Book Review: "Some of the Times" by Gina Myers
Gina Myers’ Some of the Times (Barrelhouse Books, 2020) is a preservation of awareness and a wake-up call to action. From her time in Philadelphia to her return to the remnants of Saginaw, Myers introduces readers to not only her perception, her reflections, and wonder, but the follies inescapable by us all. She questions life in a capitalistic society, “placated by a paycheck” (“To Do”), and asks, “How much is a concept of security?” (“Risk Transfer”).
Myers addresses her readers through these questions, which leaves room for their own ruminations. I felt compelled to inscribe notes throughout the margins, writing as if replying in conversation. I kept the concept of accountability in mind as Myers leads by example, questioning her place within these spaces. She asks, “When does bearing witness become exploitative?” (“Saginaw (A Documentary)”) and discloses “I guess I’m not telling its story/ I’m just telling a story” (“Philadelphia”). There are layers of vulnerability laced in the bluntness of the speaker’s confessions, which I find the most relatable. “There is an anger I carry / inside that I will never / let go of…” (“4.8.14”).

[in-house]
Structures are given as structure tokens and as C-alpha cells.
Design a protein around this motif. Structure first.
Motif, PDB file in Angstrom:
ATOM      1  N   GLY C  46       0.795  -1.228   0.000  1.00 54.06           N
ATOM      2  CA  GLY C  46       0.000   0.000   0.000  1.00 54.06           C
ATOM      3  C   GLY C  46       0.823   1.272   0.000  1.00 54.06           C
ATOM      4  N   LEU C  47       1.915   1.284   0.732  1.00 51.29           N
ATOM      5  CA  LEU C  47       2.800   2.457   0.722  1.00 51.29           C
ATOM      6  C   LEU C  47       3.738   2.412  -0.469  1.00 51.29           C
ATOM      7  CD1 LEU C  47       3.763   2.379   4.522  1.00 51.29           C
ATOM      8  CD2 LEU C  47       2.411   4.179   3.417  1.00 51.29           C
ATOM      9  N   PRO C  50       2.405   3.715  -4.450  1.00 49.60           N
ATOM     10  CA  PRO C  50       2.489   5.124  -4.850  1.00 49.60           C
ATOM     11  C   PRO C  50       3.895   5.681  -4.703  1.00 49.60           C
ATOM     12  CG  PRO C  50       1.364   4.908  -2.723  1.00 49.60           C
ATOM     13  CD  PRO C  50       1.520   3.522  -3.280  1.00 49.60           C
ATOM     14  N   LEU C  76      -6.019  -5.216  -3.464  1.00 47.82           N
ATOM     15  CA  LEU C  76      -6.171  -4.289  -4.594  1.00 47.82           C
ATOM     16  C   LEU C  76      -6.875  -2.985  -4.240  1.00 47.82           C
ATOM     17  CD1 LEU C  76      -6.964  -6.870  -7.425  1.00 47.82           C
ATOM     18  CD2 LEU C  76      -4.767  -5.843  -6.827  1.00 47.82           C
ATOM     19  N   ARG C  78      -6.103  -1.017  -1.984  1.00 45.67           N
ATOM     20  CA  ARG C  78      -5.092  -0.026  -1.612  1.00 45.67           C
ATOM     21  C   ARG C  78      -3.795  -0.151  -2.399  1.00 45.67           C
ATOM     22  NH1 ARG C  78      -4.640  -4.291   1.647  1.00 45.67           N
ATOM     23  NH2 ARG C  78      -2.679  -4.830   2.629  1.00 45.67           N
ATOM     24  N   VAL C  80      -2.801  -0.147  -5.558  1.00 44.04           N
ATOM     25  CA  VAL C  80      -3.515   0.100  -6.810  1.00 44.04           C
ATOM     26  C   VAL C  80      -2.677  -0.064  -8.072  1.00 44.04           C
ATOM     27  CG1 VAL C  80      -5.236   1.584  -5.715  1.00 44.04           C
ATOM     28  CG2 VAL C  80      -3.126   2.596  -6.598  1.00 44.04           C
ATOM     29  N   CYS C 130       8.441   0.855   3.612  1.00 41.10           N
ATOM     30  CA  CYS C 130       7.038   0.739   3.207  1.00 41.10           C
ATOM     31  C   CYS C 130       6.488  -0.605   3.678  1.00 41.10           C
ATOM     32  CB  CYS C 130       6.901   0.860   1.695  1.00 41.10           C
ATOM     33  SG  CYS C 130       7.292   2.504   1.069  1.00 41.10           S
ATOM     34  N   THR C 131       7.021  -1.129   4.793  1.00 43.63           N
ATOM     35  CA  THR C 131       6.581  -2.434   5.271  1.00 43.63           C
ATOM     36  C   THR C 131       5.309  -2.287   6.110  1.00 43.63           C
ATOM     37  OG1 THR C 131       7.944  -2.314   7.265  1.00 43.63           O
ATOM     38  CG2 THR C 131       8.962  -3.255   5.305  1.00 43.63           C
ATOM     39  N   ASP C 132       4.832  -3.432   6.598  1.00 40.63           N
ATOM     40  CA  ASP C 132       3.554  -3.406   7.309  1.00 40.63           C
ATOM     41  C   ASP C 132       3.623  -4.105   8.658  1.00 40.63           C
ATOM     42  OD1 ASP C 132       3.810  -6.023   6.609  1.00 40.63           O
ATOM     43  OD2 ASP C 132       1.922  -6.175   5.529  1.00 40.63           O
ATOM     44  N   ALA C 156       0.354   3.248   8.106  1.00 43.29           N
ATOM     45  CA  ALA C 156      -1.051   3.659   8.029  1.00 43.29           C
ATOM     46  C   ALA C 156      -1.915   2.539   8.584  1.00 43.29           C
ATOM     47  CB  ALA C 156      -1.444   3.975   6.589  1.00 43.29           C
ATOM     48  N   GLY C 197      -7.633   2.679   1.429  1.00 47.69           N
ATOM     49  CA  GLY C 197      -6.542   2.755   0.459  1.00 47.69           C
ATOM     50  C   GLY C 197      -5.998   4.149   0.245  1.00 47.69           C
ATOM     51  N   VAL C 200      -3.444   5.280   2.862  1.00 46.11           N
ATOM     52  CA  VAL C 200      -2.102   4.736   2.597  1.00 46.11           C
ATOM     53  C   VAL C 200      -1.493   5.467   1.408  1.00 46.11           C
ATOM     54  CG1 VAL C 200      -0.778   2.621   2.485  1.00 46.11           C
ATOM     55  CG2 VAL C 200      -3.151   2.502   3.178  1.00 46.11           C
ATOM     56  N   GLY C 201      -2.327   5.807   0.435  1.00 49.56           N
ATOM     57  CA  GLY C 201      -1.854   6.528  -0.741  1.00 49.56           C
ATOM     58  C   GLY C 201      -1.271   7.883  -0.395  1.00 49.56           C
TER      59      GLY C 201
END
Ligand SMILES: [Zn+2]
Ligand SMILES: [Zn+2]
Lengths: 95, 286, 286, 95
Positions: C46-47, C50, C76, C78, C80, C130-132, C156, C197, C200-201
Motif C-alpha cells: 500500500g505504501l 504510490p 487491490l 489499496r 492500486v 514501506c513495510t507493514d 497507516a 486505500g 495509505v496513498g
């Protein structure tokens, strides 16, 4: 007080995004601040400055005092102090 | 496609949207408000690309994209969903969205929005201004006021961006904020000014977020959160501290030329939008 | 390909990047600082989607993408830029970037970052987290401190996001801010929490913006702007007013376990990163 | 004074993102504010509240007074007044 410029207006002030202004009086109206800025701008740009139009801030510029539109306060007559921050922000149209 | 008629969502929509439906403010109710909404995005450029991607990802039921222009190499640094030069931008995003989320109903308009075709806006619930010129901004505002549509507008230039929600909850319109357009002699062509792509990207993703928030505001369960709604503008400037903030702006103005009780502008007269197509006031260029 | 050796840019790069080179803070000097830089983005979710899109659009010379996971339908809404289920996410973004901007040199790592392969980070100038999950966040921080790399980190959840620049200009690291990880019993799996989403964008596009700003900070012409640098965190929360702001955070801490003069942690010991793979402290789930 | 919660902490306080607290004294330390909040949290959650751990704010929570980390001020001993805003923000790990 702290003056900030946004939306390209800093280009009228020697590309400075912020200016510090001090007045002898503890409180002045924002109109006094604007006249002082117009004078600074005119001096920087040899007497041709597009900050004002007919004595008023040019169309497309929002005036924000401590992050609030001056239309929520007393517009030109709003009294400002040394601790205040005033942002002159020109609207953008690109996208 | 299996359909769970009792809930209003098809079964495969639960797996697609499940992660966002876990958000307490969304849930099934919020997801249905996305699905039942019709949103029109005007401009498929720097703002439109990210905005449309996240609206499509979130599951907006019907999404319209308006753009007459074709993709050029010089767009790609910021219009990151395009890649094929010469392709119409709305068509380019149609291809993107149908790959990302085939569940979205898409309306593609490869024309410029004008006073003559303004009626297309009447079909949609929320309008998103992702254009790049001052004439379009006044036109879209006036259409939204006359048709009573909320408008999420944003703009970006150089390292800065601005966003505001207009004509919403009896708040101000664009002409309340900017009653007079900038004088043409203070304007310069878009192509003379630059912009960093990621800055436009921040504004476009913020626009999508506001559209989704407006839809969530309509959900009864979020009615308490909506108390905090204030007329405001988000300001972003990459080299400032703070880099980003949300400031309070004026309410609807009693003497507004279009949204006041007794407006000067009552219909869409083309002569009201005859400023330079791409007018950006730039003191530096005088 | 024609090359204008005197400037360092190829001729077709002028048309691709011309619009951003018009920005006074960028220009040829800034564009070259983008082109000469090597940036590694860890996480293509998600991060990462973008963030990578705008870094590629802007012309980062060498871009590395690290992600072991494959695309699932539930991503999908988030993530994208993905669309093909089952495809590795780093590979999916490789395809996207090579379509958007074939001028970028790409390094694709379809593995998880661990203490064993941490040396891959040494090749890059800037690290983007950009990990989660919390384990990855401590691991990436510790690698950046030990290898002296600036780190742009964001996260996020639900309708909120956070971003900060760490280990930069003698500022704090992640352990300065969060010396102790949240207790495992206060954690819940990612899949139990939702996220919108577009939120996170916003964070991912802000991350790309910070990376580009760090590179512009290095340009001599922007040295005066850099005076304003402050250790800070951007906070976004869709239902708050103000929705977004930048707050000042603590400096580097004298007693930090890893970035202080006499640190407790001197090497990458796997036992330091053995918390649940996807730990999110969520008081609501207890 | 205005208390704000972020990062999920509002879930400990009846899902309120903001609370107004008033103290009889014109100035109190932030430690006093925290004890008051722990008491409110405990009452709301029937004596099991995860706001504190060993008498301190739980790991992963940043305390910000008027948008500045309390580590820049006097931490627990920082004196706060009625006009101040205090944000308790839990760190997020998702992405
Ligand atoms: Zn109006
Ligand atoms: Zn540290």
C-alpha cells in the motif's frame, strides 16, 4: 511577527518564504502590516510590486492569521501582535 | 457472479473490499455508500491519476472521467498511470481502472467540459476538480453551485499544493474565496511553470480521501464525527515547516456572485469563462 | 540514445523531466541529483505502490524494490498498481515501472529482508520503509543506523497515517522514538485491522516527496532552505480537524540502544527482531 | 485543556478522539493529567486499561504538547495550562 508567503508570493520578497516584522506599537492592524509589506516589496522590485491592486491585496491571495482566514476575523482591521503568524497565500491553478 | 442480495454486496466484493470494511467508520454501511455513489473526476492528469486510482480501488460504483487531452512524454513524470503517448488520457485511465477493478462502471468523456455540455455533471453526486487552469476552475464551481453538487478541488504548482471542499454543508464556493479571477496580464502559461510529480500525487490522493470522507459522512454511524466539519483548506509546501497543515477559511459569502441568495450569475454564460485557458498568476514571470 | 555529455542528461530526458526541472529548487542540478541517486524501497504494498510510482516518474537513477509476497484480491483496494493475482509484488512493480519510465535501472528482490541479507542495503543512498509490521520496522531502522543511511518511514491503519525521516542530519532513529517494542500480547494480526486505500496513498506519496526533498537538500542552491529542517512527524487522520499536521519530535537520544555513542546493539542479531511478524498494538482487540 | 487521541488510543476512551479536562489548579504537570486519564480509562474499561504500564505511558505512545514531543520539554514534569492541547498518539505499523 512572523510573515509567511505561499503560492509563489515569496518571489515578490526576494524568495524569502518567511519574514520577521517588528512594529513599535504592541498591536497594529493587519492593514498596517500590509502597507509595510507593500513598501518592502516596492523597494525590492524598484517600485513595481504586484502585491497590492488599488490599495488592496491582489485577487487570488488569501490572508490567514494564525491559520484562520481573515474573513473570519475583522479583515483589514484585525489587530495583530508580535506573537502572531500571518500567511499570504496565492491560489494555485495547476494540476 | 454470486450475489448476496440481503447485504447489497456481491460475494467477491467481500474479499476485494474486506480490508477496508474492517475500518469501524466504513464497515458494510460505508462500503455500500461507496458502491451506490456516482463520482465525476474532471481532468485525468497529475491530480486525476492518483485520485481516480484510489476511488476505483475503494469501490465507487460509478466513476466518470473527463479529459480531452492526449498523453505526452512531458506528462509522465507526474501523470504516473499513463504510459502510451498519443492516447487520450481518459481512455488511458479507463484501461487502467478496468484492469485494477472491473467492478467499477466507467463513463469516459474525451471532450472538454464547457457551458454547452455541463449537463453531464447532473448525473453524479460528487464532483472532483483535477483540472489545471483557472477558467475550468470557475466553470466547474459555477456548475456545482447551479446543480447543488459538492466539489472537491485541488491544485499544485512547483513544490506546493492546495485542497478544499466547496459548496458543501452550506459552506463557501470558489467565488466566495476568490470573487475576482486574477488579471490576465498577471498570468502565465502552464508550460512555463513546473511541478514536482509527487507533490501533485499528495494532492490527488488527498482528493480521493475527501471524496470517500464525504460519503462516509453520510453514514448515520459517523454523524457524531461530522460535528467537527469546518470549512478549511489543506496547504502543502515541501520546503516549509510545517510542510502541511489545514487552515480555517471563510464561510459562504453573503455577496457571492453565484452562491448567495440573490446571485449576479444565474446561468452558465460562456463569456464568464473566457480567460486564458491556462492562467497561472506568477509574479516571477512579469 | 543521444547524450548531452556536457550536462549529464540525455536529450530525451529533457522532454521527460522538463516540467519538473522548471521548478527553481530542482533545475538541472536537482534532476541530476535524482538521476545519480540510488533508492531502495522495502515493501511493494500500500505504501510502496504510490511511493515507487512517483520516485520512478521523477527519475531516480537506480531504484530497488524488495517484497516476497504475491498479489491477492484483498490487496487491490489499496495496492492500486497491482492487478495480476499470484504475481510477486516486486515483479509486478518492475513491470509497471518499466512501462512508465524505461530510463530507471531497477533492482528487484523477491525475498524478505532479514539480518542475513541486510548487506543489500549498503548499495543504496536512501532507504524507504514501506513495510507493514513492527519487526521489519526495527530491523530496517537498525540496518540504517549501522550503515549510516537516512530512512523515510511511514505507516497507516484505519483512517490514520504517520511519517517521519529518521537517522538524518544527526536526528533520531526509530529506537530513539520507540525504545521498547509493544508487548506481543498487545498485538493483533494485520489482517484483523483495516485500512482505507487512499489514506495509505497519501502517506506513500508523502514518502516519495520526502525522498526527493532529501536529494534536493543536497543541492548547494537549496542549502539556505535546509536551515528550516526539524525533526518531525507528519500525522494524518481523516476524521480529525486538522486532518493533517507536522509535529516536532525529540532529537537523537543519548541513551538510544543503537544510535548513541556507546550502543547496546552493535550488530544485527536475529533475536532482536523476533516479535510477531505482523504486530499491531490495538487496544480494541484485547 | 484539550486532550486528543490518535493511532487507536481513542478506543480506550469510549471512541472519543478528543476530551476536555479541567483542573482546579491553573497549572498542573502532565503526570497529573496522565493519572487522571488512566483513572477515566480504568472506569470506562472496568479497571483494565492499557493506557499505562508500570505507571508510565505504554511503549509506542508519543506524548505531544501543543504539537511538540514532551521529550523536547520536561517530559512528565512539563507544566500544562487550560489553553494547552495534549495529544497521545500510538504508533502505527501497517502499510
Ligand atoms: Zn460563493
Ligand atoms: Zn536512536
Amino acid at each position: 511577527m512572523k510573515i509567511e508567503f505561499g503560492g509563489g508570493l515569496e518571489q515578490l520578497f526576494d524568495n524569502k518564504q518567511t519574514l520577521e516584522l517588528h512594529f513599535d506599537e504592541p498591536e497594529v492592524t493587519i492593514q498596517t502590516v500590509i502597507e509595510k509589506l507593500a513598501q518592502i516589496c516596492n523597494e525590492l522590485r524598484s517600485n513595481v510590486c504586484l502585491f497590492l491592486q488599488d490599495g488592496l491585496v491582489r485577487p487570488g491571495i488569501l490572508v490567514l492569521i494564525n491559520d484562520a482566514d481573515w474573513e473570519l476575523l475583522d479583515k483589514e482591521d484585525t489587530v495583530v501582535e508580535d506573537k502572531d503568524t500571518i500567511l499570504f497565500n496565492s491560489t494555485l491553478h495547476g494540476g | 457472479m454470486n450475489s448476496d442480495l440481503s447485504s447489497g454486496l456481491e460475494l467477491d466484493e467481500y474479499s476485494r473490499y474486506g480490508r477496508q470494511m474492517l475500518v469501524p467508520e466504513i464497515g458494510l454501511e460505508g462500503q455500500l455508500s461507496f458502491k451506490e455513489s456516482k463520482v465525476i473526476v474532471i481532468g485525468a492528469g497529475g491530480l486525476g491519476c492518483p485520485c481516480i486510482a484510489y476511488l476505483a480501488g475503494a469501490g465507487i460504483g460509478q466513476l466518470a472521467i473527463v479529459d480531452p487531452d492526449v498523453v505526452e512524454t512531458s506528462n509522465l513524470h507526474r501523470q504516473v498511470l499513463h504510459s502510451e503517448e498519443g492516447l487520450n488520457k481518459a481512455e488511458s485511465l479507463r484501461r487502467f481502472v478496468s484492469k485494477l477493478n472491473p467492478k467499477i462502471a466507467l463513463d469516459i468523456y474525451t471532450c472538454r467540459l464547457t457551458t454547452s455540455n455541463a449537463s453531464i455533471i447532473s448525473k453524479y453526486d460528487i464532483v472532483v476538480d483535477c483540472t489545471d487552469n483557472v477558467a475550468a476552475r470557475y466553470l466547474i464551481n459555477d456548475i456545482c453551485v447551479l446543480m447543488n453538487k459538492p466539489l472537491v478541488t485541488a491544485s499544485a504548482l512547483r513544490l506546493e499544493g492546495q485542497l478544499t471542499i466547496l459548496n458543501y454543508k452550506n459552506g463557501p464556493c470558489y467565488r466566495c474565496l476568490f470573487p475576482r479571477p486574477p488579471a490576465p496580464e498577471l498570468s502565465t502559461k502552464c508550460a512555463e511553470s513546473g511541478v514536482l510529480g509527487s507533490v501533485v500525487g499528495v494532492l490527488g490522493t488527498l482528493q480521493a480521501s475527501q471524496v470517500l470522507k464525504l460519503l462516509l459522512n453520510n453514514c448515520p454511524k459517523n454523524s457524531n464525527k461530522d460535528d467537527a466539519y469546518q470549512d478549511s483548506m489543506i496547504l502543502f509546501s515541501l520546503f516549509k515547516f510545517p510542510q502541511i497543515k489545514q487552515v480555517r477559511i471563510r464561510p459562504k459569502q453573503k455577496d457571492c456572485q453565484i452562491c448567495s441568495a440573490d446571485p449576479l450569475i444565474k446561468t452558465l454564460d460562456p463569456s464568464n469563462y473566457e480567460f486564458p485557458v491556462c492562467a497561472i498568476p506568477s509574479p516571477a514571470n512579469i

Each page varies in length and structure, frequently avoiding punctuation, which conveys a sense of continuation; this, and the placement of line breaks, contribute to the list-like flow of the writing. Myers catalogs what she absorbs, from daily news, illness, loneliness, decay, as well as comradeship. Often philosophical, “Some of The Times” prompts its readers to evaluate their own framework for construction.